This week world leaders are meeting in Cancun for ‘COP-16’, the latest of the summits convened to negotiate the global response to climate change through the UN Framework Convention on Climate Change.
Last year’s summit in Copenhagen produced important steps forward, including 115 countries recognising the scientific case for limiting climate change to 2 degrees centigrade, all major carbon-emitting countries accepting moral responsibility for reducing emissions, and the agreement from developed countries to commit funding to support the adaptation to and mitigation of climate change in poor countries. However, the summit was widely viewed as a major disappointment as no binding agreement could be reached on a treaty to restrict emissions.
Will Cancun be any better? Initial indications are that it probably won’t be. Many developed nations are deliberately lowering expectations and warning that a deal won’t be reached. Secretary of State for Climate Change Chris Huhne said on Monday:
‘We won’t get a full binding deal in Cancun, but people and businesses around the world will be watching and expecting to see us prepare the ground. This means making progress on issues such as financial assistance to help developing countries deal with climate change, tackling deforestation, bringing the promises made in the Copenhagen Accord into the formal UN process, and agreeing a system to make sure countries live up to their commitments to take action on emissions.’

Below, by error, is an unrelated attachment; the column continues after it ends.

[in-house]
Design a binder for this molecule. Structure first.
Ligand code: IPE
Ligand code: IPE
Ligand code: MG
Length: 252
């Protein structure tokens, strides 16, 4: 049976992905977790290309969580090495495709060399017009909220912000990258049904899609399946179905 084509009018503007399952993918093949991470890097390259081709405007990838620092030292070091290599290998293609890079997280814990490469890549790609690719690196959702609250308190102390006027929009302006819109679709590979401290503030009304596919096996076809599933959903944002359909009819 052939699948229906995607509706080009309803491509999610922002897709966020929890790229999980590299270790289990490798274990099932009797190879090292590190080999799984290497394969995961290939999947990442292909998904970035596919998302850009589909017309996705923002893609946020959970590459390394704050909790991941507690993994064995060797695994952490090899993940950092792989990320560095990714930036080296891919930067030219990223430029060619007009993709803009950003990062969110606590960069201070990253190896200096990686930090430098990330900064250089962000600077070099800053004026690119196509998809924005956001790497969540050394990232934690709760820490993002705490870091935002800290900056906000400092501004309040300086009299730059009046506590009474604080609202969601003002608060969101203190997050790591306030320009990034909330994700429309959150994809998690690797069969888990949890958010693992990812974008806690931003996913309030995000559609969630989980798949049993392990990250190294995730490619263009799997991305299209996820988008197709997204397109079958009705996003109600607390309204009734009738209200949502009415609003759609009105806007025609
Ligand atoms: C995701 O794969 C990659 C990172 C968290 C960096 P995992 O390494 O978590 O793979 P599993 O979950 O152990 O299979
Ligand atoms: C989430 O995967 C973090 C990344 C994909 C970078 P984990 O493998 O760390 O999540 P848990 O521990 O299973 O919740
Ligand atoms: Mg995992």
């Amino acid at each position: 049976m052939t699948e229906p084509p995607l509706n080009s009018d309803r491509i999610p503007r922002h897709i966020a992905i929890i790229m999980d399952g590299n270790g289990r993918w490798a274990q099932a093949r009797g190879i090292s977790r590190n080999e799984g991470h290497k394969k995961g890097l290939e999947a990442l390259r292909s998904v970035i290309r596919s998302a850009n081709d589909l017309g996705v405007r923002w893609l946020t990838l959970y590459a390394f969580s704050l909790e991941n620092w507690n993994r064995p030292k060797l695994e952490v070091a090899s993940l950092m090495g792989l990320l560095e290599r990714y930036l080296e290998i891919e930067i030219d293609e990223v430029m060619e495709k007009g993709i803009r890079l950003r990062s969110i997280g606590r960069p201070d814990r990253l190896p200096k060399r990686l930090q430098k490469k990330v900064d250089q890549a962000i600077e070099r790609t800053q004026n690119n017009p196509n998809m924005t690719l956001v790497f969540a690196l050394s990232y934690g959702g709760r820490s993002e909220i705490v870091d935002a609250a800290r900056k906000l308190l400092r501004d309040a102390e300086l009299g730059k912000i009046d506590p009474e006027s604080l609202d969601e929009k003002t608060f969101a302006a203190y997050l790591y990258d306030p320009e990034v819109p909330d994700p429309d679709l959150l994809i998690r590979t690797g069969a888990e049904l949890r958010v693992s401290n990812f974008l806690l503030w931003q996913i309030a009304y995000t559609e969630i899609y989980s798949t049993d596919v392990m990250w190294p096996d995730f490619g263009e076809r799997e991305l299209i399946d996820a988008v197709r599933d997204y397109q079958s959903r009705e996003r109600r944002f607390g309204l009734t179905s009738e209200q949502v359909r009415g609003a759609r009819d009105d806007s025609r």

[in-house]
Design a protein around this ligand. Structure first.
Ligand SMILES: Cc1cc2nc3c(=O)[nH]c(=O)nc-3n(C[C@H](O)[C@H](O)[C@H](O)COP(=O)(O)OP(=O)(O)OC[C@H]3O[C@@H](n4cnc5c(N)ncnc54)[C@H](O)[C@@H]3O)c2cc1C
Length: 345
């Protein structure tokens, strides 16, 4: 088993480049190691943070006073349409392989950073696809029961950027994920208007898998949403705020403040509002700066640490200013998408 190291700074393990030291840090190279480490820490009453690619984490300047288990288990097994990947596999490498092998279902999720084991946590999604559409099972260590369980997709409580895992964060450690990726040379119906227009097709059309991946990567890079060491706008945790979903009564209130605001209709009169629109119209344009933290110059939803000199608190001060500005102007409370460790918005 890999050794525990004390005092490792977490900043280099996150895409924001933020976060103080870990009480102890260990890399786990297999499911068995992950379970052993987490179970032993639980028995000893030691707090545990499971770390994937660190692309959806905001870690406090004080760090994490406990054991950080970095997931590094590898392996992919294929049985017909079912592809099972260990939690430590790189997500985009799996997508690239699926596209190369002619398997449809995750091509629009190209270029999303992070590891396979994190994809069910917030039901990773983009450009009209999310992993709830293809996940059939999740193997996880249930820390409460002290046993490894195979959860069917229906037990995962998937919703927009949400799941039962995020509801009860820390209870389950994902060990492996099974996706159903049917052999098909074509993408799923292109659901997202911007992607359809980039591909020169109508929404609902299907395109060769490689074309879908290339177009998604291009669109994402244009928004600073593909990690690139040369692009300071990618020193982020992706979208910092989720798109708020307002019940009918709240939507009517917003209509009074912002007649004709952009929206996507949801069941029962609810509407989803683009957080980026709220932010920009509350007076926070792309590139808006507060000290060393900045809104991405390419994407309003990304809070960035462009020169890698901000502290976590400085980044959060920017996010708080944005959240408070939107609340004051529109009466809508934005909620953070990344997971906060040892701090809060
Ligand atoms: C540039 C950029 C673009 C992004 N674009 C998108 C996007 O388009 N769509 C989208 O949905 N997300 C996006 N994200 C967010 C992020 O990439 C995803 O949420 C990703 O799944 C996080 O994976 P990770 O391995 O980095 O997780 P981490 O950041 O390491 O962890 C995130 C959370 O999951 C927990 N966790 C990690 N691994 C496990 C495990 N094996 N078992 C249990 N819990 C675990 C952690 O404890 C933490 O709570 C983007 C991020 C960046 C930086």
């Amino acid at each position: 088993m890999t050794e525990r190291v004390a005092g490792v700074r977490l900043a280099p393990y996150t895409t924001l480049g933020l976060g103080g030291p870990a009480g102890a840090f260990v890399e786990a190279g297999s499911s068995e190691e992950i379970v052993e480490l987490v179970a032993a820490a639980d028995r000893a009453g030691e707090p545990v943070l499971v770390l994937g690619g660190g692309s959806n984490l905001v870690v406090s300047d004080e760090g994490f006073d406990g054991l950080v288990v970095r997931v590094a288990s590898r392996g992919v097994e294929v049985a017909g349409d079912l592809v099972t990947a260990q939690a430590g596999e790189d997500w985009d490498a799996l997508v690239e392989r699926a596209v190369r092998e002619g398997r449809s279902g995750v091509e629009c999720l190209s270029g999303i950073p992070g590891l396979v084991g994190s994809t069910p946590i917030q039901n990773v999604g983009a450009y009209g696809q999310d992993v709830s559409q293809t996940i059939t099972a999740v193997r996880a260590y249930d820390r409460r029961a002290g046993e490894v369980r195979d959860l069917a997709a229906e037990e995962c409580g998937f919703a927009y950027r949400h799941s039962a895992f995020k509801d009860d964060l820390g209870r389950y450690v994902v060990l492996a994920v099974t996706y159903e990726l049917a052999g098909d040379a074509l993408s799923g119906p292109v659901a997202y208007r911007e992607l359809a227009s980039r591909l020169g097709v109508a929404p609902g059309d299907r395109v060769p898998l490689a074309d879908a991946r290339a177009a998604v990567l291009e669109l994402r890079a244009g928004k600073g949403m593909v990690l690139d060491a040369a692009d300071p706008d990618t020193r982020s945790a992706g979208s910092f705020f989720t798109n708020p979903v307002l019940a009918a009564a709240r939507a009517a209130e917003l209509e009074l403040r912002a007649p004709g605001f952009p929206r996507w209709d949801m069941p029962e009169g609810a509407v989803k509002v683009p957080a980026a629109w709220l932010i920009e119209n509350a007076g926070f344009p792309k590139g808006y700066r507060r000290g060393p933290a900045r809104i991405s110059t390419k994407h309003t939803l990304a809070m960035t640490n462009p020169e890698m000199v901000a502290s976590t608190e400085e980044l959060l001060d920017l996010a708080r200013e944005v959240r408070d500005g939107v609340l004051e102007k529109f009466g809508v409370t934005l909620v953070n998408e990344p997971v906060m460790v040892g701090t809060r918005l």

While progress in these areas would be a significant step forward for protecting the poor, such commitments are insufficient and fall short of tackling climate change.
Although the news from the summit is disappointing, there are bright points. The Munich Climate Insurance Initiative continues to influence the negotiations by holding a side event to answer delegates’ questions on risk adaptation and microinsurance. These items form part of the current negotiating text and could provide vital lifelines for poor farmers affected by climate change. Recent news of investment in microinsurance from the International Finance Corporation (which we reported on last week) is also encouraging, as it will expand coverage and set important precedents for the parties in the climate negotiations. The news demonstrates that microinsurance really works and can be a crucial part of the global response to climate change.
While much more effort is needed from leaders around the world to ensure we can prevent devastating climate change and can protect the poor and vulnerable from the unavoidable consequences we have already created, the good news about microinsurance is an important bright point.